(Acts 2.1-11 & John 14.15-end – BCP Holy Communion)

In the name of the Father, and of the Son and of the Holy Spirit.  Amen.

God always calls people.  Sometimes they respond joyfully, like Mary.  Others are more reticent, worried that they won’t be up to the task, like Moses.  If we look through the Bible there are many, many examples of God calling people to follow and serve.  

In the Old Testament God nearly always called individuals.  It was upon specific people that he sent his Holy Spirit to empower and enable them for a particular calling – Abraham, Samuel, Saul, David and so on.  We might say that God called the whole people of Israel to be his people, but even then it was through the leadership of specific individuals, such as Moses, that the rest of the people followed.

At Whitsun, otherwise known as Pentecost, God did something rather different.  

He sent his Holy Spirit onto a whole community.  The disciples were together, waiting as they had been told, and the Spirit came upon them, like a rushing mighty wind, like tongues of fire.  The Holy Spirit didn’t come down on one individual who then led the rest, but upon them all.

Being blessed by the Holy Spirit is not a calm or passive experience.  The Spirit moves us – it lifts us up, shakes us, and draws out from us new gifts.  And this is a gift for the whole community, from the greatest to the least.  The Spirit is sent upon old and young, slave and free, male and female.

As we celebrate Pentecost we rejoice that every single Christian has received the Holy Spirit, given to us at our baptism.  Jesus tells us that because he is in the Father, and the Father dwells in him, when we believe and become part of the Body of Christ, then from the Father and through Jesus, the Holy Spirit, the Comforter, will abide with us for ever.  What the Spirit does is draw Christ’s followers into the godhead, makes us all one.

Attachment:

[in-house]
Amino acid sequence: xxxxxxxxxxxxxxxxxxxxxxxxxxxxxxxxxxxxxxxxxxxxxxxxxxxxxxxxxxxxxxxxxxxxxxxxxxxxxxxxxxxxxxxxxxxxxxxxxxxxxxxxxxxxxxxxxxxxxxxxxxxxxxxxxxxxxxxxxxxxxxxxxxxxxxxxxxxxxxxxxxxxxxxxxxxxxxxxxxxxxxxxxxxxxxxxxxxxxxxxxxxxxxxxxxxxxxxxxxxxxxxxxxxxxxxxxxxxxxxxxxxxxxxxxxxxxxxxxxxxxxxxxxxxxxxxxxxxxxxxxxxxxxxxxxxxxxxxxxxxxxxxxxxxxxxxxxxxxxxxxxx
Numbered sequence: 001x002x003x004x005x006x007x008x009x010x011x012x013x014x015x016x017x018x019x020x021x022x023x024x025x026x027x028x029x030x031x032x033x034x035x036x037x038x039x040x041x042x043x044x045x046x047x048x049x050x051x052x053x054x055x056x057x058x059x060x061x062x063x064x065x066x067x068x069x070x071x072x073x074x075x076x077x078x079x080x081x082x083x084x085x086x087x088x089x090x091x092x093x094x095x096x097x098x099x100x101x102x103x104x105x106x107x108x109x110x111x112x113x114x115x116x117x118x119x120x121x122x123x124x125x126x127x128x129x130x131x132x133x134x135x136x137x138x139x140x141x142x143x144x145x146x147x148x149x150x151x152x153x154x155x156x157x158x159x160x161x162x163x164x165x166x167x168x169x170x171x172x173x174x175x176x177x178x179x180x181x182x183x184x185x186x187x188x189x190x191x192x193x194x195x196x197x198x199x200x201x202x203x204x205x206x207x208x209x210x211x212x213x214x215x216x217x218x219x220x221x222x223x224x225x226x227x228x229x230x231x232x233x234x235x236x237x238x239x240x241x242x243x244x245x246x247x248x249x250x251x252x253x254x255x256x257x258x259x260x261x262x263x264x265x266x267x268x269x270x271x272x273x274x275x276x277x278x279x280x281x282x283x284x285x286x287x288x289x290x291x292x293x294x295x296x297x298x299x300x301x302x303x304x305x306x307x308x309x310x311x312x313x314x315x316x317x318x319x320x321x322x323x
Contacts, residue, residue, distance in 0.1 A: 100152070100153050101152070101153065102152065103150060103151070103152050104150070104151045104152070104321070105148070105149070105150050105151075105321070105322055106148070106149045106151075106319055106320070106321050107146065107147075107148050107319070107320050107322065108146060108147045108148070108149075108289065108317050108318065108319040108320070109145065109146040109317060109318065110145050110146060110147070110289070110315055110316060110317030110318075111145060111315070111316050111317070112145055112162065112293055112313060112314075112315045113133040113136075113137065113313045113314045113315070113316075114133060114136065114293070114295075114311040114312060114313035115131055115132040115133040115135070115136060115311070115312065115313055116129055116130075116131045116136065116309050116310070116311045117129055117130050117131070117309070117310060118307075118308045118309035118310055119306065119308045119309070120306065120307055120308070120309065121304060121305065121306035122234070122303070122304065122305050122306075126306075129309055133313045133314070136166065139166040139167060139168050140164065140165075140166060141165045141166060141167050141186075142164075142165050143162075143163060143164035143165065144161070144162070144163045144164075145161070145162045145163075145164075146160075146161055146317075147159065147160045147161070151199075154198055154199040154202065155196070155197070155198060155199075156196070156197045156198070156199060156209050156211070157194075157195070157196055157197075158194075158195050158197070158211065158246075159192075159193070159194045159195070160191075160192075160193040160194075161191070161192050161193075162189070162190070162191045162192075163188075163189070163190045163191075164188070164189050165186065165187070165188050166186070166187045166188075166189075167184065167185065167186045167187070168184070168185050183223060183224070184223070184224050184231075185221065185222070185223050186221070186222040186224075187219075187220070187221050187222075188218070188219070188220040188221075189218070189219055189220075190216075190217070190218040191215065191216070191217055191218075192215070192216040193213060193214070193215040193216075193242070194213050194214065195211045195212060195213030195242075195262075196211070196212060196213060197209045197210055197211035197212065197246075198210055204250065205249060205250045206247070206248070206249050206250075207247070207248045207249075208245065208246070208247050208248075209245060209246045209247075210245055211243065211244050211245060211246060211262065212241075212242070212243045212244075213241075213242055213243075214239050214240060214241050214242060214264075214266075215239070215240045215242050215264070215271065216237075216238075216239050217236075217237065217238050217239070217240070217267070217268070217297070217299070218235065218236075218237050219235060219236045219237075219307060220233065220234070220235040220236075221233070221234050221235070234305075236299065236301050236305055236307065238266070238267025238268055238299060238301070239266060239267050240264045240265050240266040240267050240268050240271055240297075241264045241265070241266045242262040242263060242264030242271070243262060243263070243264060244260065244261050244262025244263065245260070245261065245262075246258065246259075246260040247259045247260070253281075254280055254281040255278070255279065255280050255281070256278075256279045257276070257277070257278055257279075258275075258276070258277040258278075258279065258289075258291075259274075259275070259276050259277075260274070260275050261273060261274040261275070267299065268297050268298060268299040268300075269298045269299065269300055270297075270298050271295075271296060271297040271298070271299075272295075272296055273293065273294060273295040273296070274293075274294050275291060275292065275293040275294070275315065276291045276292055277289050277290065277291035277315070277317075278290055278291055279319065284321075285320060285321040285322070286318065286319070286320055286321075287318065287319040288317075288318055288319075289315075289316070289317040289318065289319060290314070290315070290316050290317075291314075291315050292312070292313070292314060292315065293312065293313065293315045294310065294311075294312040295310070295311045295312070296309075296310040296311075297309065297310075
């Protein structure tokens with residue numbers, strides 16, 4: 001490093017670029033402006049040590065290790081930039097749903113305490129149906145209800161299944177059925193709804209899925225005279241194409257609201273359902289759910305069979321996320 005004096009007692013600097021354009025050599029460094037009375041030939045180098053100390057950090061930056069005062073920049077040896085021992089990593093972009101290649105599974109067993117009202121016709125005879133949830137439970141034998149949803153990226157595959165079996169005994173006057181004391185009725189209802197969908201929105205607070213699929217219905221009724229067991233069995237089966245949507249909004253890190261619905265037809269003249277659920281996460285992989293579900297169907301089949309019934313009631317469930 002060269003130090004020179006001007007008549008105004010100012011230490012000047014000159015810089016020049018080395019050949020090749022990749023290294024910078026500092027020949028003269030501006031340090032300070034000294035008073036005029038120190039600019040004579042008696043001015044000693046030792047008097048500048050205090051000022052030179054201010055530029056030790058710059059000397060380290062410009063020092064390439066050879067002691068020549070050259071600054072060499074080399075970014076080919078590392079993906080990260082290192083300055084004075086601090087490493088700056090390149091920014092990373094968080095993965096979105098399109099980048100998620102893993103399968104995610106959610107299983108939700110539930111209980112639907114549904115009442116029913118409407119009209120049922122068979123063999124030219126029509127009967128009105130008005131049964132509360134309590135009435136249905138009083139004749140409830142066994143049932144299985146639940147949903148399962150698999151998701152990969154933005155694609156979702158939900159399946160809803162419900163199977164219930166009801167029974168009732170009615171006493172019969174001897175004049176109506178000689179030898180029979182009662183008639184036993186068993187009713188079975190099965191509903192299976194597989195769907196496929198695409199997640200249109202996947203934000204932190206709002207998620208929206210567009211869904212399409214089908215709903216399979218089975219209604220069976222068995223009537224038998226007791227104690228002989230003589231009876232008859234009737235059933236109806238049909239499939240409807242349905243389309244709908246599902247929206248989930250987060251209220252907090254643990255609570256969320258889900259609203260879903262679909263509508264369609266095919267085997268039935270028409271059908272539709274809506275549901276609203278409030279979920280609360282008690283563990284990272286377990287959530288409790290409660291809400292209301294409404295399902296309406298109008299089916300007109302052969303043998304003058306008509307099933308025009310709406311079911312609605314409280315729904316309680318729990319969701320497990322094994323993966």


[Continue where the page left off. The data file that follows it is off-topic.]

There are no bystanders in the Church, and we don’t get to retire as active members of the Body of Christ.  There are plenty of physically active ministries, and there is also the vitally important ministry of prayer.  We have all been commissioned and empowered to respond to Jesus, who tells us to proclaim the good news to the whole creation.  Men and women will prophesy, the young receive visions, the old dream dreams.  

It can sound rather overwhelming.  People thought the disciples on the day of Pentecost were drunk and sneered at them, which gives us a pretty clear idea of how they were behaving, over-flowing with joy and excitement.  And they found themselves able to do things that they weren’t able to do  before, which must have seemed surreal, like an out of body experience. 

Whatever the disciples were waiting for after the Ascension of Jesus, I’m sure the events of Pentecost wasn’t what they had in mind. As a rule, people don’t like change and they don’t like being out of control.  And Pentecost has a definite whiff of being out of control.  So it helps to be reminded that actually control is an illusion.  We are never really in control.  

When things are going well, we can build the illusion up, but as soon as something de-rails our plans, whether it is illness or an unforeseen circumstance, we can see how false that reality is.  In fact the last two years have shown us how paper thin the illusion is, but as things have returned to normal, we’ll have to work hard to prevent that veneer of believing we have control harden once more.  Remember it’s through the cracks that the light shines through.  So let go of any ideas about how you were planning to serve God, and instead let us be guided by the Holy Spirit.  

We don’t know what plans God has for each one of us this Whitsun – but we know that we don’t have to worry about it.  Jesus told us to not let our hearts be troubled, for his peace rests upon us.  Whatever God wants to give us, it’s okay.  Wherever God is calling us to be, there is nothing to fear.  Let God be in control – you can trust in God.

Amen.

(Artwork: Pentecost by Rene de Cramer)